While the Coronavirus has postponed most of this year’s photo-related events, three major international photo festivals are now scheduled for 2021.With Photo 2021, Head On, and the Ballarat International Foto Biennale running within months of each other in Victoria and NSW, there may be more printed photographs showing in galleries across the east coast than ever before.
Although let’s not kid ourselves; 2021 is now closer than January 2020 and we’re not yet popping champagne bottles to celebrate a Corona-free Australia. So who knows if photo festivals will be viable in six months?
Photo 2020 2021
Earlier this year Melbourne’s inaugural biennial Photo 2020, aspiring to be ‘the largest and most significant photography event in Australia’, initially postponed from April to September. After the uncertainty surrounding the impact of Coronavirus shutdowns became clear, Photo 2020 hastily rebranded and morphed into Photo 2021. It’s now scheduled to run next Summer, from February 18 – March 7.
While it appears most of the program is finalised, Inside Imaging asked Photo 2021 artistic director, Elias Redstone, whether there were further exhibition submissions or other opportunities available for photographers. The short answer is no, not really. However, ‘the public can still send in portraits and respond to the question “what is your truth?” as part of the Inside Out project, which will then be displayed at a prominent public location in the centre of Melbourne.’
Photo 2021 will run in public institutions, outdoor locations, and galleries across Melbourne and regional Victoria (excluding Ballarat). While the full program hasn’t been announced, a number of events have been revealed, such as Magnum Photos workshops, and shows by 120 artists including 33 new commissions. It’s hard to gauge whether the inaugural Photo 2021 will be, as claimed, our own ‘world-leading’ festival ‘joining the likes of Recontre D’arles’ – it may need to do more to build bridges to the actual Australian photographic community.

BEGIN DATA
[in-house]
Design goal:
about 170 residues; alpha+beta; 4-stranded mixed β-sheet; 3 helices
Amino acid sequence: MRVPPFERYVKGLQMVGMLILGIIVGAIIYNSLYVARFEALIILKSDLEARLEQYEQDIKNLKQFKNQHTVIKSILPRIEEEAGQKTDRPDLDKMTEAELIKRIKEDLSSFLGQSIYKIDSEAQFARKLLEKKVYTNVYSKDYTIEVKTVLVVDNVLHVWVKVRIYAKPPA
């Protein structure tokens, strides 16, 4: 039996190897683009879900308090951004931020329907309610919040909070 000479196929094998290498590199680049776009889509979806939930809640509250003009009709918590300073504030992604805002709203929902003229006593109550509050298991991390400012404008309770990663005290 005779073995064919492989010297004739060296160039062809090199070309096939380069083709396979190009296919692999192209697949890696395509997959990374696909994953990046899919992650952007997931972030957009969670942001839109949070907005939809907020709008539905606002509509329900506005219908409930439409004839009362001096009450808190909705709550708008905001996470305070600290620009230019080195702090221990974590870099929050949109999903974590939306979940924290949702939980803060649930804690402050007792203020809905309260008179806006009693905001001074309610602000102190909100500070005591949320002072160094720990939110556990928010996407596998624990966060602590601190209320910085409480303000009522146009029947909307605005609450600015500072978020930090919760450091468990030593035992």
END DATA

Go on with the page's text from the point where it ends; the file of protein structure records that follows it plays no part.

Outside of platforms provided by various arts institutions and social media marketing, there isn’t much publicity for Australia’s ‘most significant’ photography event. The program thus far includes numerous exciting local and international photographers, yet prior to the Coronavirus, with just over a month until the festival, there wasn’t a great deal to unpack. Perhaps postponing will provide time to ramp up the hype!
As a fresh new addition and the first photography event scheduled for next year, Inside Imaging is eager to discover what Photo 2021 has to offer! Photo 2021 however, doesn’t seem as eager to engage with our essentially photographic readership.
Head On Photo Festival
After a triumphant online adaptation in May, Head On will possibly make a physical appearance in Sydney this November with a scaled-back version of this year’s festival. Although, like many things this year, the likelihood of this happening remains uncertain.
Next year the festival usually locks in for May, bringing 100+ photo exhibitions and events to Sydney for over two weeks. The festival features a non-discriminatory system, whereby the exhibition selection panel and contest jury cannot view an artists’ name in an attempt to prevent any decision-making from being swayed by the profile of the artist. This system ensures the festival program features a diverse range of shows, from photographers of different backgrounds and stages of their career.
Head On exhibition submissions and award entries will open at a later date.
Ballarat International Foto Biennale
Australia’s ‘leading photographic festival’ takes place in the dead of winter once every two years, in Victoria’s historic gold rush city, where the cold weather seems to have more bite than elsewhere.
Next year, the ninth BIFB will open from August 28. The 2019 festival ran for two months, which may well make it the longest photographic festival in the world! The program featured 30 Core exhibitions (quite a few of which actually featured photographs:) including a ticketed headline show by Chinese artist, Liu Bolin.
BIFB, along with its new National Centre of Photography, is slowly coming out of hibernation. Earlier this year it launched an initiative, Mass Isolation Australia, to create a ‘visual record of the COVID-19 crisis on Instagram’. It also ran its Yellow Dot Fundraisier, which sold off 170 brilliant prints to help fund the festival, and is currently selling trendy BIFB-branded face masks.
Exhibition submissions open at a later date.